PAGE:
Carrot Rust Fly Larva

Discussion in 'Garden Pest Management and Identification' started by Hiker, Feb 3, 2008.

  1. Hiker

    Hiker Member

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    Location:
    Prince George, B.C., Canada
    I have grown carrots for many years. For the past three years, my carrots have had small holes in them. I took some sample carrots to a local nursery and they identified the damage as being caused by the carrot rust fly larva. They recommended some actions I could take, which I tried last season but the carrots were still attacked. Here are the two recommended actions:

    1. Although I do not like to use pesticides, I tried applying "Sevin", several times during the growing season but that did not solve the problem.

    2. Alternately, I purchased a carrot seed variety called "Fly Away" marketed by Thompson and Morgan. This variety is supposed to be resistant to the rust fly larva but they were also attacked.

    Does anyone have a solution to this problem?
     
  2. abgardeneer

    abgardeneer Active Member

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    Location:
    Calgary, AB
    Carrot rust fly occurs in Calgary as well (though not further east in Saskatchewan where I grew up).
    We grew 'Fly Away' once also and found that they were infested by carrot rust fly (though maybe a little less than the usual carrot varieties), similar to what you experienced.
    What we did find to be effective was to use floating row cover (Reemay or whatever brands are around now), held up by supports (e.g. that ubiquitous wire flower bed fencing) to give the plants room to grow, and with all the edges securely fastened down (or held down by some soil piled on top).
     
  3. Hiker

    Hiker Member

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    Thanks for relating your experience with this. Did you find it difficult to cultivate and control weeds, when using this mechanical cover? I find it strange, that up until three years ago, I never had this problem. Do you still grow carrots? I am beginning to wonder if it is worth the trouble.
     
  4. abgardeneer

    abgardeneer Active Member

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    Location:
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    Just lift the floating row cover from time to time if weeding is needed.

    No, I'm not currently growing carrots... I need the room for perennials ;)
    (And I can buy much sweeter organic carrots at the farmer's market than I ever grew here anyway. You may want to read Elliot Coleman on soil conditions for producing sweet carrots.)
     
  5. Hiker

    Hiker Member

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    Thanks for the info. I will check the library for Elliot Coleman's book. The sweetest carrots I ever grew were when I lived on the western edge of Prince Albert National Park, about 90 miles NW of Prince Albert and 18 miles NE of Big River, near Nesslin Lake, in the late sixties and early seventies. Cold in the winter and hot in the summer. Nesslin Lake was great for swimming with its sandy beach. You mentioned that you also spent time in Saskatchewan.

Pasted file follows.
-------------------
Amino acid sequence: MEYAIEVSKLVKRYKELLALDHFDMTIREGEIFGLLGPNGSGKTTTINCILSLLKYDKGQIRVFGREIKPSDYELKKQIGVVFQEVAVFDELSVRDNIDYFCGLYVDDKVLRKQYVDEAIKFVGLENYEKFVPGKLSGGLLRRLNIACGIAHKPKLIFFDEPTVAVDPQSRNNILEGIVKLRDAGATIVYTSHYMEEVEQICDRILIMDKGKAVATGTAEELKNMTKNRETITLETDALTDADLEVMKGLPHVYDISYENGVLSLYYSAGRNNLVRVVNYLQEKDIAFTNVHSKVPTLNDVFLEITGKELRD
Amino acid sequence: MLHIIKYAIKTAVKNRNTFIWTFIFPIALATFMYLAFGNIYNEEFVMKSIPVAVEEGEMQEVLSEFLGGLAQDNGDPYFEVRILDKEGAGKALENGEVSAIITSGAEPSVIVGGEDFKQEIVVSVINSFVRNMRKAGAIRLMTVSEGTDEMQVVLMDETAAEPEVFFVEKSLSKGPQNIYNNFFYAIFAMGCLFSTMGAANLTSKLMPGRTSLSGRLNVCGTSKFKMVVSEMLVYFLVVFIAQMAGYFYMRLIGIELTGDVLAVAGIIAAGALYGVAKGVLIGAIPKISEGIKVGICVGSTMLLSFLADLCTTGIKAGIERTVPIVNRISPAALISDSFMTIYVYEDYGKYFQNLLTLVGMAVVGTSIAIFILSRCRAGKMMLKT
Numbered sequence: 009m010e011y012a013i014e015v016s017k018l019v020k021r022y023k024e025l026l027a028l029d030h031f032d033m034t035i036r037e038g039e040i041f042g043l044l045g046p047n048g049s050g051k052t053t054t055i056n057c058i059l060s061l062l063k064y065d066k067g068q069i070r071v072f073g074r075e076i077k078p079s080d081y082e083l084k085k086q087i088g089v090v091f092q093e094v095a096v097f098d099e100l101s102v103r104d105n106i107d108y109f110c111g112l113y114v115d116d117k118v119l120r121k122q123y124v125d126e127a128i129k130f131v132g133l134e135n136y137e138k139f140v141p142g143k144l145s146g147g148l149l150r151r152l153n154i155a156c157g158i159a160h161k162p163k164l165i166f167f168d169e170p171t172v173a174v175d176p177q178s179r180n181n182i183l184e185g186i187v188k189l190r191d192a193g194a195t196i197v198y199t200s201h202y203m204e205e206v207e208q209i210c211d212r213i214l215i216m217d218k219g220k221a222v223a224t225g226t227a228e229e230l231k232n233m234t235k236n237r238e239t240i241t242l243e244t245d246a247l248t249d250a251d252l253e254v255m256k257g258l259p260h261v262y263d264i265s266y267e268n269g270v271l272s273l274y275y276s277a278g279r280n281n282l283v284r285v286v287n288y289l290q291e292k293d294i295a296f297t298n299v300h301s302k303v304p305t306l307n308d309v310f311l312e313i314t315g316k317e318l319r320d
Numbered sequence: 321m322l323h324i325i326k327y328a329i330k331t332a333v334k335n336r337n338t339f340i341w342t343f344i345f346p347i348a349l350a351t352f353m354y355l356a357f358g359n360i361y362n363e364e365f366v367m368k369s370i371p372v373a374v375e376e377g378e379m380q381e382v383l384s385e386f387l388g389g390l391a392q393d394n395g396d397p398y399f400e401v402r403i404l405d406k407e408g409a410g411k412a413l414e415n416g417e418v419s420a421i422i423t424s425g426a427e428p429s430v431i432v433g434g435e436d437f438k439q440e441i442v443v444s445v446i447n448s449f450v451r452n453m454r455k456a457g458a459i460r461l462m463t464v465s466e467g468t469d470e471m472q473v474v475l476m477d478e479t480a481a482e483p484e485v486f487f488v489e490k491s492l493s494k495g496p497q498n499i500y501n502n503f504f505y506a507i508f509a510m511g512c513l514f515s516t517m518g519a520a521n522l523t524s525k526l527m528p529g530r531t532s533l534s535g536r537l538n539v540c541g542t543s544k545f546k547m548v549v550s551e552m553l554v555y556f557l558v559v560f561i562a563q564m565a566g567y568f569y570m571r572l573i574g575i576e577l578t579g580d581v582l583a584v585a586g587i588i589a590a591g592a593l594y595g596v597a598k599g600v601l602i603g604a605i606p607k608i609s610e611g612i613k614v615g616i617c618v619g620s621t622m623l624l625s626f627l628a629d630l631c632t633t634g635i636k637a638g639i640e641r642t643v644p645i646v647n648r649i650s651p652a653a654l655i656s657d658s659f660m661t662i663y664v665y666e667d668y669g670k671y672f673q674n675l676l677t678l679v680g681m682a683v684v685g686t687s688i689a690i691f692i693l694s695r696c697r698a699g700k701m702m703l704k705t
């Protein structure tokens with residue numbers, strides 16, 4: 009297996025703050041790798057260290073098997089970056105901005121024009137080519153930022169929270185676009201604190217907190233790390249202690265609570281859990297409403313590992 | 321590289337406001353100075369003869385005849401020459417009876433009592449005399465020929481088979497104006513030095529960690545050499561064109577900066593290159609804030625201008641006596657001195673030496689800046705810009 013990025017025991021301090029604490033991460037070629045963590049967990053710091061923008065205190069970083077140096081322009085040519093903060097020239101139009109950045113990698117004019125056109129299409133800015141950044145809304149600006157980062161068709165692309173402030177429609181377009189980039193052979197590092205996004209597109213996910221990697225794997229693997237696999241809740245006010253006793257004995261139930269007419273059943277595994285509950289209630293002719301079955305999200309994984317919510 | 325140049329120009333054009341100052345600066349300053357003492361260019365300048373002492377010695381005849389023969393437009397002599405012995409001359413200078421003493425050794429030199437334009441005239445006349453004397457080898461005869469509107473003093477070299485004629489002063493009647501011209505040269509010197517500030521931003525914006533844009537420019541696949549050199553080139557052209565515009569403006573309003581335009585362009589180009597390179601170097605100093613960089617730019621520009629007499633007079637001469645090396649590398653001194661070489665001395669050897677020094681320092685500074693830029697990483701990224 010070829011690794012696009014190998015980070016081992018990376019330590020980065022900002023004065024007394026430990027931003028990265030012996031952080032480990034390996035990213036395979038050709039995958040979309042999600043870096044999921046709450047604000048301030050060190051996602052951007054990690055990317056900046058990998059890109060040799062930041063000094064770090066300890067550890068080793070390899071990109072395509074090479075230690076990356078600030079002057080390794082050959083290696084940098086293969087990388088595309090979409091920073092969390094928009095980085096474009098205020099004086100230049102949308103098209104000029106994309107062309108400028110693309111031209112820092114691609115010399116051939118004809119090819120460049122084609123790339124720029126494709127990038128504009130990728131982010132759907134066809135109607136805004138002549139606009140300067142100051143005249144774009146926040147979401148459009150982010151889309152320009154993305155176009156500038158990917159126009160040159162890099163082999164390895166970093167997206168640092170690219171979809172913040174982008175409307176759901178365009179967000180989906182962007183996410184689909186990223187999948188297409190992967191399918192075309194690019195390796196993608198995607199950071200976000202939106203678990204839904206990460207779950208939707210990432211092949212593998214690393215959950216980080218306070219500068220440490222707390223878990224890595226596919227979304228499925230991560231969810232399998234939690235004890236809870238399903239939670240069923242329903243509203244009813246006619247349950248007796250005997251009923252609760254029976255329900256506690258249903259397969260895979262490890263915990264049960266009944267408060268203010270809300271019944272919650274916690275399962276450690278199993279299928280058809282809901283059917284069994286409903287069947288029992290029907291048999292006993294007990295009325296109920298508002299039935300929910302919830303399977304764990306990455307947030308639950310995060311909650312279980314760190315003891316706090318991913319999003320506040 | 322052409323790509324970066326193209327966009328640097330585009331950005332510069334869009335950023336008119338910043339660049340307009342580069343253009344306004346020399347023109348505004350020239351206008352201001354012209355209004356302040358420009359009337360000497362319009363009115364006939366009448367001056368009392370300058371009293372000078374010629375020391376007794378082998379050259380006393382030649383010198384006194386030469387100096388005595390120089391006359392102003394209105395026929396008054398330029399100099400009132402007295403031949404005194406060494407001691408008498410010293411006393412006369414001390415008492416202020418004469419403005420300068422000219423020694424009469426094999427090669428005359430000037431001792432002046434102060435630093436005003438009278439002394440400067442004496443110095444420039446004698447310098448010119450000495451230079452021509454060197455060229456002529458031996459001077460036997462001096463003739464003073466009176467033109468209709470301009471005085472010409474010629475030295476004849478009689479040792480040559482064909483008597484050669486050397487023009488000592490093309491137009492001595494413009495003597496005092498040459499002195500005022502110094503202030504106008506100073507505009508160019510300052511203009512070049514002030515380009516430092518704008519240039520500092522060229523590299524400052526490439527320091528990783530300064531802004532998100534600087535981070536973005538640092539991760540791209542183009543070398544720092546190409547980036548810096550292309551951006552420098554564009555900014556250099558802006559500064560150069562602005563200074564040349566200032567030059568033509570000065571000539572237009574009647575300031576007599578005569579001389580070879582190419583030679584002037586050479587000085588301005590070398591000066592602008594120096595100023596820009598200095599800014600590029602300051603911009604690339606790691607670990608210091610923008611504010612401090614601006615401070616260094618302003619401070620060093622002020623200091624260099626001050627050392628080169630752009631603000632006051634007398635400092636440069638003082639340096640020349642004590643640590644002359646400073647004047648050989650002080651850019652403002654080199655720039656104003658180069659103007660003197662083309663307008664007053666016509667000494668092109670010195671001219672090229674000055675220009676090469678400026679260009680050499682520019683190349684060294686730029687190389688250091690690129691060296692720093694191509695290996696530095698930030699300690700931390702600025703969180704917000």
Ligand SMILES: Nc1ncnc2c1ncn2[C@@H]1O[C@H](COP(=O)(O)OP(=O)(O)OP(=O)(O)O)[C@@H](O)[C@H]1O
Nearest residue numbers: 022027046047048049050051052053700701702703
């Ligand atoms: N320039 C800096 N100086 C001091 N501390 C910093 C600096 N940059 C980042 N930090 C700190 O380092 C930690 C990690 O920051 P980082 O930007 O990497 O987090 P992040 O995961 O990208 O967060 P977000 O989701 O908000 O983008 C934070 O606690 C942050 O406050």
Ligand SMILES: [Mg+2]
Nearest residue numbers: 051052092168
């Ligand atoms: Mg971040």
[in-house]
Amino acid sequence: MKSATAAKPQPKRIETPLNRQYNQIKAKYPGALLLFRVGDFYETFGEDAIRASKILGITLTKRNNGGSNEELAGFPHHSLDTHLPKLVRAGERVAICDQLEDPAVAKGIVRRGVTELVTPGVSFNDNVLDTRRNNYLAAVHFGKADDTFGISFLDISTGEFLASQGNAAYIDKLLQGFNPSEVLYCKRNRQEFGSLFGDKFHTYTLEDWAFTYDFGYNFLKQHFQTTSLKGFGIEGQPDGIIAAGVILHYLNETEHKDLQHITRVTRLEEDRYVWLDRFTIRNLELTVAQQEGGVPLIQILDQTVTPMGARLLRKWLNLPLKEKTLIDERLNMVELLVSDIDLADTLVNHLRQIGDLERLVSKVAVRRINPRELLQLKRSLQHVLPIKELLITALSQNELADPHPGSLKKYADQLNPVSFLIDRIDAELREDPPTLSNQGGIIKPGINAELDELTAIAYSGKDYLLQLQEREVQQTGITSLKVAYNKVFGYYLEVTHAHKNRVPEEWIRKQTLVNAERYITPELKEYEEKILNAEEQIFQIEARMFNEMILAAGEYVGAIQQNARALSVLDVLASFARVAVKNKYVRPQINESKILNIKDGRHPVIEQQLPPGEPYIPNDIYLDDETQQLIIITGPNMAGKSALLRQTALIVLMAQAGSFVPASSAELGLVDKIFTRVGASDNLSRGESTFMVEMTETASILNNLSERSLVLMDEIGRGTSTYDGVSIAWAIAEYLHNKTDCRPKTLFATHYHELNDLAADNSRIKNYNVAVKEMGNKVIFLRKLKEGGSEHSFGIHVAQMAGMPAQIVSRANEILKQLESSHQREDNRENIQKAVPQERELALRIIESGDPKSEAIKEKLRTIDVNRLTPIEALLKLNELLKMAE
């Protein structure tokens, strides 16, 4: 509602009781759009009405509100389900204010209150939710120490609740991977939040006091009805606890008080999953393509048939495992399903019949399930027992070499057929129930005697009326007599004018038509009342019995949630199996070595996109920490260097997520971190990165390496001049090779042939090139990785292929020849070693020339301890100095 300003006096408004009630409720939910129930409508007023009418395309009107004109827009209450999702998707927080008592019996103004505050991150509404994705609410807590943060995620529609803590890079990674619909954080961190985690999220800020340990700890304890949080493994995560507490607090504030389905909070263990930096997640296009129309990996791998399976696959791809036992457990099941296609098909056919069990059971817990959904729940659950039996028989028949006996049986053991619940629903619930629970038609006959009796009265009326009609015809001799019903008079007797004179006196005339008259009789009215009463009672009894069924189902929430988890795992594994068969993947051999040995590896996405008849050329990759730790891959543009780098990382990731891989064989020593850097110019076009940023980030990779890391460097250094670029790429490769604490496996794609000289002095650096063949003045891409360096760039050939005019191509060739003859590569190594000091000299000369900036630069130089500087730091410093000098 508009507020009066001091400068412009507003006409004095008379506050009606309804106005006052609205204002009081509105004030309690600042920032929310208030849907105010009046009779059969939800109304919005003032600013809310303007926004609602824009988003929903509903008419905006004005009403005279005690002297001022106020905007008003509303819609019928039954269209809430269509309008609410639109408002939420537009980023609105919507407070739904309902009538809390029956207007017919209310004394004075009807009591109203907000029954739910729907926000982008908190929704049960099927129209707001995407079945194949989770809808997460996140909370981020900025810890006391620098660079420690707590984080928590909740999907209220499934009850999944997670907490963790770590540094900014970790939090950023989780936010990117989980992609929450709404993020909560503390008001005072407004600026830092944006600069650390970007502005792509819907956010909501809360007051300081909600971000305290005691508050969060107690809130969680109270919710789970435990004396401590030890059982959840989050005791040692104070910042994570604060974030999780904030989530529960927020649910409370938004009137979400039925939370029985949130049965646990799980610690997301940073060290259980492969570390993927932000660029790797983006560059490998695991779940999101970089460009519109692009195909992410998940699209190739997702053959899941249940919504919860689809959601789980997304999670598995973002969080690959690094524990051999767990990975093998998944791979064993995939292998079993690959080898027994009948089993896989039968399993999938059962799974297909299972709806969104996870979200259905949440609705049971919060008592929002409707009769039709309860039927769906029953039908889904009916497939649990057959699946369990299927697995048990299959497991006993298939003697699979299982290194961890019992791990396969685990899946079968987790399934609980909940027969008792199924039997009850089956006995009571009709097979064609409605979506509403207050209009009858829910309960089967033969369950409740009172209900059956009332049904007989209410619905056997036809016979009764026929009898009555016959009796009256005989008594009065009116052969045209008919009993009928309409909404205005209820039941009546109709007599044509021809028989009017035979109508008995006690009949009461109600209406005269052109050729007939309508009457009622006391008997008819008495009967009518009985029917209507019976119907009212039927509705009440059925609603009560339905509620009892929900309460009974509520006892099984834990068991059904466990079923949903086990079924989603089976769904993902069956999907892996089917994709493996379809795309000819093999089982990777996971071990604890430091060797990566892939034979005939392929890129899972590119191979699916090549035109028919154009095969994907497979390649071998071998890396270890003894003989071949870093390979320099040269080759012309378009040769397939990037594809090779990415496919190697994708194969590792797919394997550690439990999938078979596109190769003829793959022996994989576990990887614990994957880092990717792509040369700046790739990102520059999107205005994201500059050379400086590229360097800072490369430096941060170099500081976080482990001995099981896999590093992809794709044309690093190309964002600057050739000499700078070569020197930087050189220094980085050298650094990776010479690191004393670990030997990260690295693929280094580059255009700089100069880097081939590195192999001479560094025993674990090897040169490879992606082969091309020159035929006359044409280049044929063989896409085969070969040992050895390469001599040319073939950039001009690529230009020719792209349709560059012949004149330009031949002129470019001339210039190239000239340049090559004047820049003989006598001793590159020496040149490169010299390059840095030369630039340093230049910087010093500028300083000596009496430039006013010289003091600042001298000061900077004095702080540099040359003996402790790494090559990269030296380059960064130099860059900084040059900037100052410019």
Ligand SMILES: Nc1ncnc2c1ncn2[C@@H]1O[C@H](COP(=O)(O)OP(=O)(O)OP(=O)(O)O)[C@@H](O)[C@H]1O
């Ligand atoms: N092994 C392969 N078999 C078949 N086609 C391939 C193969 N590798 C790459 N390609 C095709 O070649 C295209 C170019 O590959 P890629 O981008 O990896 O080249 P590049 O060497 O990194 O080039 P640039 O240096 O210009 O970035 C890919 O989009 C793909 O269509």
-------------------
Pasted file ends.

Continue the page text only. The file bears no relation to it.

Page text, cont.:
We have a large commercial vegetable grower in the Prince George area. I may check it out for my supply of carrots and switch to another crop, where I now grow my carrots.
     
  6. growest

    growest Active Member 10 Years

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    Location:
    Surrey,BC,Canada
    I'm also giving up on carrots here, just south of Cloverdale which is a huge carrot growing area, and possibly a great carrot fly population centre. Years of growing maggoty carrots have not been a good use of my limited spare time!

    Last year I tried a new strategy, sowing a row of regular nantes in the centre of two Flyaway rows, hoping to lure the flies to this "trap" crop. The result was heavily infested Flyaway carrots surrounding a fairly clean crop of nantes...so the way to do this might be rows of (cheap) nantes carrots surrounding the flyaway ones...but I'm just going to skip the carrots now.

    The row covers do work, but problems include weed growth that goes on unwatched under the covers...you will know how hard it is to weed the carrots early on at the best of times...the covers make this unlikely in my garden until its rather too late! Then the covers impede the absorption of rain/sprinkling, esp as the crop matures and the plants lift up the covers to make a mounded form that sheds most of the water to the sides and the carrots suffer noticeably from drought.
     
  7. plantenthusiast

    plantenthusiast Active Member

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    Location:
    Vancouver Island, Canada
    This post may come a little late for some of you, but I thought I should share my experience with the carrot rust fly. We have previously grown our carrots under Reemay to control this, although have found that it can be difficult to keep tucked in completely.

    Recently we heard that the this fly is present only about 2 or so feet off the ground; it flies low. So we've grown carrots in a thick polyethylene enclosure with no top, about 3 feet high, and buried about half a foot into the ground. The plastic is stapled to wooden stakes which are driven into the ground. This has worked well for us, although I can't guarantee that it will be successful for everyone.

    Good luck with your carrots everyone!
     

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